Signalling equilibrium, Intergenerational mobility and long-run growth
AbstractThis paper provides a signalling model of endogenous growth in which innate talents and education levels of workers drive the basic scientific knowledge and adoptive knowledge accumulation processes. Whether talented individuals get properly educated and are employed in the appropriate technical sectors are determined by the perfectly competitive employers' beliefs about the relationship between talent and education level. Innate talent of a worker is a private knowledge and it is distributed independent of the individual's family backgrounds; education level of workers act as a signalling device for talents as well as it improves their productivities; the family backgrounds and talents of workers determine their optimal education level, which in turn determines the degree of social mobility. The model generates multiple balanced growth paths which differ in the degree of intergenerational social mobility and growth rate. The paper analyzes policies that generate equilibrium paths with higher social mobility, growth in income and Pareto superior allocations.
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Bibliographic InfoPaper provided by EconWPA in its series GE, Growth, Math methods with number 9603002.
Length: 19 pages
Date of creation: 19 Mar 1996
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Signaling Equilibrium; Social Mobility; Endogenous Growth;
Find related papers by JEL classification:
- J62 - Labor and Demographic Economics - - Mobility, Unemployment, Vacancies, and Immigrant Workers - - - Job, Occupational and Intergenerational Mobility; Promotion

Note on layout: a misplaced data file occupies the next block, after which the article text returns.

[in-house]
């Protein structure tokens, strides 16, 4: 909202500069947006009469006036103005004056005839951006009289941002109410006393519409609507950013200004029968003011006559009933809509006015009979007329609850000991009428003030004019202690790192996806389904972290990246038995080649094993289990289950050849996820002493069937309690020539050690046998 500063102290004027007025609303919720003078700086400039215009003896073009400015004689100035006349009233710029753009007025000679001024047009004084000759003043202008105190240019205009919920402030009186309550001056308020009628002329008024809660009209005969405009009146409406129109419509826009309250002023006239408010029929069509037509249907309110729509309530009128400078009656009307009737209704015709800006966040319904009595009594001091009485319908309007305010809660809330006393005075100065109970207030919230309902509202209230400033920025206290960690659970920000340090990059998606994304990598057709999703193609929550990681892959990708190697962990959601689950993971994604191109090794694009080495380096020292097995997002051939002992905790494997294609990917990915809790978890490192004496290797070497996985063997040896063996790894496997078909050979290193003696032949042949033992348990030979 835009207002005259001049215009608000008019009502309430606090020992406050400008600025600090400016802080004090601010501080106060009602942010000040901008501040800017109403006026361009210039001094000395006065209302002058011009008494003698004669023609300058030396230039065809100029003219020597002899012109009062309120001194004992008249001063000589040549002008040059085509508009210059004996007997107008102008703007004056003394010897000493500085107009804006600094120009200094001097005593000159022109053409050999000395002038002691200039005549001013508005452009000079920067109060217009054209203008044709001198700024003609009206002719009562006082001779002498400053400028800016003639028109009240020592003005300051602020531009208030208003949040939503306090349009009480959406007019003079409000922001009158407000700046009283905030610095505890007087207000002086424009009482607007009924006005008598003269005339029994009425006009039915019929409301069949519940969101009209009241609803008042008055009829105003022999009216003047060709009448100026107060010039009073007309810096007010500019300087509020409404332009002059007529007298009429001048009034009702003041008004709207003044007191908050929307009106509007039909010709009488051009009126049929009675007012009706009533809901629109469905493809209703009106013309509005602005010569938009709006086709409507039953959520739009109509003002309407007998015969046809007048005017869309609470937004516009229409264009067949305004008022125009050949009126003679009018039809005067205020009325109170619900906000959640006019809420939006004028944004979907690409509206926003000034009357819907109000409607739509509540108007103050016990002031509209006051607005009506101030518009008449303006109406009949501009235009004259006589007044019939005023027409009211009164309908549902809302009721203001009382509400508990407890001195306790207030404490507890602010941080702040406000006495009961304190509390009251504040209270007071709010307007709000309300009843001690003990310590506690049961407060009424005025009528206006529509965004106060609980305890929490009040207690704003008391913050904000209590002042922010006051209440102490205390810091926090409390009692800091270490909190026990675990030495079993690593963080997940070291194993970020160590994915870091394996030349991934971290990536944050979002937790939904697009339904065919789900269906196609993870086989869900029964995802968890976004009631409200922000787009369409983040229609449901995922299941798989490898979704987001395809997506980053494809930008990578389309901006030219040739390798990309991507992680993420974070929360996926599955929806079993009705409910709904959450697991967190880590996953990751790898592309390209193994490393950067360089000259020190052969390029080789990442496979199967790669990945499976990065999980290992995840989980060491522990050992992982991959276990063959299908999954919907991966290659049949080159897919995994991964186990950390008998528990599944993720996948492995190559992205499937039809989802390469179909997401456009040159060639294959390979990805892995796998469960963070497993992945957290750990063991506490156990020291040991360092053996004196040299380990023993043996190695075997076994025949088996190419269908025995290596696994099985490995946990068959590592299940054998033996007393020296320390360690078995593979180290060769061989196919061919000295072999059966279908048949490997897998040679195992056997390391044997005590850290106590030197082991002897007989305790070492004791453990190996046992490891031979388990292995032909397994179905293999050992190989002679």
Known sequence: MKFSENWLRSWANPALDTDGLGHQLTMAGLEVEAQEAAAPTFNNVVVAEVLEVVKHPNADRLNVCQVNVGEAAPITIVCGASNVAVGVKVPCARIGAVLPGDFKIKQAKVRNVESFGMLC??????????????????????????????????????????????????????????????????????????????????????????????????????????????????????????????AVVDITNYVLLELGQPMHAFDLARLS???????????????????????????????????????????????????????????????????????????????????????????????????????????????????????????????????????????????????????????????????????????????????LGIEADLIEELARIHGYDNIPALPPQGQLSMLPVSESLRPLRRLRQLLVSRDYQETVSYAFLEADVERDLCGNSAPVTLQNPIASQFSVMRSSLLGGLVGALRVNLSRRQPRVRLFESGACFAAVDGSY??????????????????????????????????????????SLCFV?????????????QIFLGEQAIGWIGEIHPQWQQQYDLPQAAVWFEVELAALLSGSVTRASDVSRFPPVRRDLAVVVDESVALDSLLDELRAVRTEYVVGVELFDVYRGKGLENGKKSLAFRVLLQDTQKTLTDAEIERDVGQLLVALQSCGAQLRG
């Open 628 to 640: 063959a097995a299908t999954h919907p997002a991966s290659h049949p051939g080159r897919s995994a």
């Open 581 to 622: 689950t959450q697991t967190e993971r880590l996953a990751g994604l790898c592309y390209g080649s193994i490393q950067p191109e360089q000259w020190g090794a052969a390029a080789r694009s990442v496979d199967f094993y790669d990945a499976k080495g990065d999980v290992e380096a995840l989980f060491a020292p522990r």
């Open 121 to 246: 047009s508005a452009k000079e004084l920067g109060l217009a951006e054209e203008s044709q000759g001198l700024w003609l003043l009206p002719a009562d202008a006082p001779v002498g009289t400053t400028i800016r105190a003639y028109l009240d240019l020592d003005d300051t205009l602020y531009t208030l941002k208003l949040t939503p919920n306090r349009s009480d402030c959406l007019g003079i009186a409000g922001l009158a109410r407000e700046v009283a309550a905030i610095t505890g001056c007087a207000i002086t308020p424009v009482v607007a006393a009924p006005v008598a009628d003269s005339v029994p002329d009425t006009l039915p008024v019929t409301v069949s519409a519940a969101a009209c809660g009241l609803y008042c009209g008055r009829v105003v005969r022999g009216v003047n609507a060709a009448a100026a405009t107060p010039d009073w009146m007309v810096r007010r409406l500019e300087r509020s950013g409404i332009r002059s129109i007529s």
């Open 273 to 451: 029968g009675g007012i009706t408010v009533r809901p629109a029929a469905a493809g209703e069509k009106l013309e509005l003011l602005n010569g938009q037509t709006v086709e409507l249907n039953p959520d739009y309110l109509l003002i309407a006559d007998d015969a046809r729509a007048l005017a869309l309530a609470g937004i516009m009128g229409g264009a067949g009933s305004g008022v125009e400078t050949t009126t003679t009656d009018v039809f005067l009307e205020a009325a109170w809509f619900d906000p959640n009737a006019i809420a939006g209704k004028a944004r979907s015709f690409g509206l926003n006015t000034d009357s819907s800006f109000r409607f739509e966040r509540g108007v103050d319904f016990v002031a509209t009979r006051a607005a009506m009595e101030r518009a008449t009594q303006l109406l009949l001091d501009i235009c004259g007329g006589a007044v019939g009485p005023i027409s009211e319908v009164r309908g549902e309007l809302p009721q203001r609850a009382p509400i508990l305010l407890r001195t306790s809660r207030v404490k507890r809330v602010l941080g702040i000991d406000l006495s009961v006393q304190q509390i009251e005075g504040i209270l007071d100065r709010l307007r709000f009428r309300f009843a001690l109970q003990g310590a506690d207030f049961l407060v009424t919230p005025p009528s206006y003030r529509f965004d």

- D3 - Microeconomics - - Distribution
- D9 - Microeconomics - - Intertemporal Choice
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- Otter, Thomas, 2007. "Does Inequality Harm Income Mobility and Growth? An Assessment of the Growth Impact of Income and Education Inequality in Paraguay 1992: 2002," Proceedings of the German Development Economics Conference, GÃ¶ttingen 2007 25, Verein für Socialpolitik, Research Committee Development Economics.
- Sebastian Galiani, 2010.
"Social Mobility: What is it and why does it matter?,"
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0101, CEDLAS, Universidad Nacional de La Plata.
- Sebastián Galiani, 2013. "Social Mobility: What is it and Why Does it Matter?," Económica, Departamento de Economía, Facultad de Ciencias Económicas, Universidad Nacional de La Plata, vol. 59, pages 167-229, January-D.
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"Low Social Mobility in Bolivia: Causes and Consequences for Development,"
Documentos de trabajo
3/2001, Instituto de Investigaciones Socio-Económicas (IISEC), Universidad Católica Boliviana.
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- Lykke E. Andersen & Alice Brooks & Alejandro F. Mercado, 2004. "Macroeconomic Policies to Increase Social Mobility and Growth in Bolivia," Development Research Working Paper Series 02/2004, Institute for Advanced Development Studies.
- Lykke Andersen, 2001. "Social Mobility in Latin America: Links with Adolescent Schooling," Research Department Publications 3130, Inter-American Development Bank, Research Department.
- Thomas Otter, 2009. "Does Inequality Harm Income Mobility and Growth? An Assessment of the Growth Impact of Income and Education Inequality in Paraguay 1992-2002," Ibero America Institute for Econ. Research (IAI) Discussion Papers 188, Ibero-America Institute for Economic Research.
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